ChristmasFood + Drink

Christmas Recipes

The house is decorated with reds and greens, silvers and golds. There is tinsel on the mantel and a wreath on the door. On every available surface, there are Christmas-themed coasters and knick-knacks. And, of course, there’s the tree, standing resplendent, the star or angel balanced on the top, and the perfectly wrapped presents waiting patiently beneath. It looks stunning, and everyone who arrives, chilled and red cheeked, is impressed. So far so good. However, what about lunch?

You shouldn’t feel pressured by the idea that your Christmas dinner needs to go perfectly (it doesn’t, by the way), but if you are feeling a little overwhelmed by the prospect, then insideKENT‘s useful guide to planning and cooking your complete Christmas meal should help.



First things first, the welcome drink. It’s cold at Christmas time, and your guests will certainly welcome a warming drink on arrival. If it’s a boozy, festive one as well, then even better. Gluhwein is the German version of mulled wine (translated it means ‘glow wine’), but the spicing and flavour is more intens

To make six mugs you will need:

1 bottle dry red wine
120ml rum or brandy
240ml water
1 large orange
1 lemon
115g sugar
6 cloves
1 nutmeg
1 cinnamon stick
1 vanilla pod
2 star anise

Pour the sugar and water into a medium-sized saucepan, and add chunks of the orange and lemon peel, as well as the juice from the orange. Add the vanilla pod, the close, the star anise, the cinnamon stick, and the nutmeg (grated over the top). Bring the whole lot to the boil and leave to simmer for around an hour. If the liquid starts to reduce too much, add some wine to bring it back to life.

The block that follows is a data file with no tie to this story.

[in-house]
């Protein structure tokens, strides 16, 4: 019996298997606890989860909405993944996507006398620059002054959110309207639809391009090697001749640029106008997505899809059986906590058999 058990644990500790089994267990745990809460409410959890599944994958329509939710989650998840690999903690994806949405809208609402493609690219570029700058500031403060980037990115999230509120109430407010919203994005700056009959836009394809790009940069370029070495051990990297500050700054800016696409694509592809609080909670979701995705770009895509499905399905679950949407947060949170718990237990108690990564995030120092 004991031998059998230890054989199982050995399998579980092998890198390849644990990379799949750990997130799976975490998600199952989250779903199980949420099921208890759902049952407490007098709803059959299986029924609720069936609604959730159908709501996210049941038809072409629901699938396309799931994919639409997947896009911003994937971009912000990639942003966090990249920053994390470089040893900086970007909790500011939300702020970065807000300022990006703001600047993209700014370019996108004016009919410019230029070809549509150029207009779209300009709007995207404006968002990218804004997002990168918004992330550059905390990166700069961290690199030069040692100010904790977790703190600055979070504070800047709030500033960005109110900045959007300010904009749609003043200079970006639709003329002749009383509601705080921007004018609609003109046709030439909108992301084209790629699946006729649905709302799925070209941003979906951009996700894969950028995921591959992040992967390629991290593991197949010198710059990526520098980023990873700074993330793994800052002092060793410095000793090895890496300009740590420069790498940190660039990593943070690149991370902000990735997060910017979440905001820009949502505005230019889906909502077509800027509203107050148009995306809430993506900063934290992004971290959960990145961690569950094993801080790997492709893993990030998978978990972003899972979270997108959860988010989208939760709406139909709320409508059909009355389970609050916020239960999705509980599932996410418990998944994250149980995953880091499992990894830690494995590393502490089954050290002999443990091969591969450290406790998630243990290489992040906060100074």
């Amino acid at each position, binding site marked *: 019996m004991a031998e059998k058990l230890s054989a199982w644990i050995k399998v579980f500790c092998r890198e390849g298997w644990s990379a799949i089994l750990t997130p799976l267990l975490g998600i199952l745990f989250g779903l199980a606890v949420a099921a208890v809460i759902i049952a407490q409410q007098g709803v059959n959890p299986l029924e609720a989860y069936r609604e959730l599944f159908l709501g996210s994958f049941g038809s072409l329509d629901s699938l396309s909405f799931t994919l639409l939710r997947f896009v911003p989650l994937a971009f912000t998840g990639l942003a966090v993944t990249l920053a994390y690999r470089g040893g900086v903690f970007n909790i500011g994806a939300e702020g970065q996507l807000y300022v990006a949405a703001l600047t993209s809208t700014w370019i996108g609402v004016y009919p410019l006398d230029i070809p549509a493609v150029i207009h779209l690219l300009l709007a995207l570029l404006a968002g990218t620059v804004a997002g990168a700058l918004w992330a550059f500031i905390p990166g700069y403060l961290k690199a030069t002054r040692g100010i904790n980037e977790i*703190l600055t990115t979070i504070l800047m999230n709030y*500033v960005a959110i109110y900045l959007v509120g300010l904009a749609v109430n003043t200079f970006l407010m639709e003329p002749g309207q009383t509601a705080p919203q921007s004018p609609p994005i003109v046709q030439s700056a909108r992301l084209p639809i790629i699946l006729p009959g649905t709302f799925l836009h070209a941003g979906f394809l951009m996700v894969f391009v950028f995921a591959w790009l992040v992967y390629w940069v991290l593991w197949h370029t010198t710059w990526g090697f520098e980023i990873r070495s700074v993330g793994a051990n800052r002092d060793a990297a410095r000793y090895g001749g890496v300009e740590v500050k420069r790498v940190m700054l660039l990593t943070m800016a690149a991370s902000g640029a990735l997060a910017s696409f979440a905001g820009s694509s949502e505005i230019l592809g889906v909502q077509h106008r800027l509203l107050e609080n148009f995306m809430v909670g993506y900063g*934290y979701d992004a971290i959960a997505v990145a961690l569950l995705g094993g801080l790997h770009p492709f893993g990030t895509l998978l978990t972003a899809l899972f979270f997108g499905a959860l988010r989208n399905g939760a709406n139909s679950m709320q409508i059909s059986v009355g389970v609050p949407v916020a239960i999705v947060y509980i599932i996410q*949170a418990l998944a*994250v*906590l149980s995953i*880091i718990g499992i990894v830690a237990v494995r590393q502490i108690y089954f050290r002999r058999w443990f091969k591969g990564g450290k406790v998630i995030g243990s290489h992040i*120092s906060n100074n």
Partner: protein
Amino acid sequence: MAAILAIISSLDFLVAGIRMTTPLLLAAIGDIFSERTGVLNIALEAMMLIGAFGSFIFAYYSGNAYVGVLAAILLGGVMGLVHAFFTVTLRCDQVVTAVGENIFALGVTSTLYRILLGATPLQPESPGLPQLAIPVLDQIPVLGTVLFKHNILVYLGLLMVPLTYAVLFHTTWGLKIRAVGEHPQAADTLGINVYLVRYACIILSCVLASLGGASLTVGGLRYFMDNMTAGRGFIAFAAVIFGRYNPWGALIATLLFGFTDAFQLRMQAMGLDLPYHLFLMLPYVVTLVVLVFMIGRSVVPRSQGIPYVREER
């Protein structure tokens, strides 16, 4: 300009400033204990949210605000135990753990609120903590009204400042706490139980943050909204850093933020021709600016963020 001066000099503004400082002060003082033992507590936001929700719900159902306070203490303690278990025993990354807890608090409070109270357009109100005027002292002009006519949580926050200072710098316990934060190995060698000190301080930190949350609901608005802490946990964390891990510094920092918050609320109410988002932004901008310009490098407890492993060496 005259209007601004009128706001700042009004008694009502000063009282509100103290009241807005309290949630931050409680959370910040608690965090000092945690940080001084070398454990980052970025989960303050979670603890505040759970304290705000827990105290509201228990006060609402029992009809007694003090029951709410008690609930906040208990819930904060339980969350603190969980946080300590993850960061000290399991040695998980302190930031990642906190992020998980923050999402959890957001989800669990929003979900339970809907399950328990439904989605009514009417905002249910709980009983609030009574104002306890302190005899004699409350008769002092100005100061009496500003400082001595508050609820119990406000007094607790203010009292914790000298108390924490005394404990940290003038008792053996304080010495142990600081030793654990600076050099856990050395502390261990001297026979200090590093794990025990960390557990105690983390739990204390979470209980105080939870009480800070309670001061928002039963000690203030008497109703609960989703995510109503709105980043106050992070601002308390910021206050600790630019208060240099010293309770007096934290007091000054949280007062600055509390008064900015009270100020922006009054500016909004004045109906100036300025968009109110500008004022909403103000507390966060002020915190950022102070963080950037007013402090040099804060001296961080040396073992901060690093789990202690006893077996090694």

After an hour, turn the heat down to low and pour in the rest of the wine, and the rum or brandy. Stir, turn the heat up just a little to get it simmering, and after another 5 minutes it’s ready to serve.



Not everyone starts their Christmas meal this way, preferring to go straight for the main course, but a starter can be a great way to get everyone around the table. The starter shouldn’t be too heavy since the rest of the meal will most likely be rather filling. A lovely, light Christmas starter is smoked salmon soufflés; they are much easier to make than you might think, and can be made in advance and frozen, ready to be cooked just before serving.

To make six soufflés you will need:

40g butter
25g plain flour
300ml milk
85g soft cheese
2tsp dill (chopped), plus sprigs for serving
3 large eggs (separated – you’ll need the yolk and the white)
85g smoked salmon (chopped)
Zest of half a lemon
Crème fraîche

Combine the butter, flour and milk in a saucepan and cook, stirring over a medium heat until the mixture has thickened. Once it has, add the cheese a little at a time, and then the dill. Season and beat to ensure that it’s all mixed together.

Preheat your oven to 200oC (180oC fan, gas mark 6). While that’s heating up, line 150ml soufflé dishes with baking paper (a muffin tray would work too, although they will be smaller).

Next, stir the egg yolks into your sauce, and add the chopped salmon pieces and the lemon zest. Separately whisk the egg whites until stiff and fold (very delicately) into the salmon mix. Spoon the combined mixture into the soufflé dishes and put the dishes themselves into a baking tray of cold water. Bake them like that for 15 minutes. They should be risen and golden when you take them out of the oven, but will probably sink as they cool. Don’t worry.

At this point, you can freeze them (allow them to cool completely, then wrap the dishes with baking paper and foil). They keep for 6 weeks, and take 5 hours to thaw in the fridge.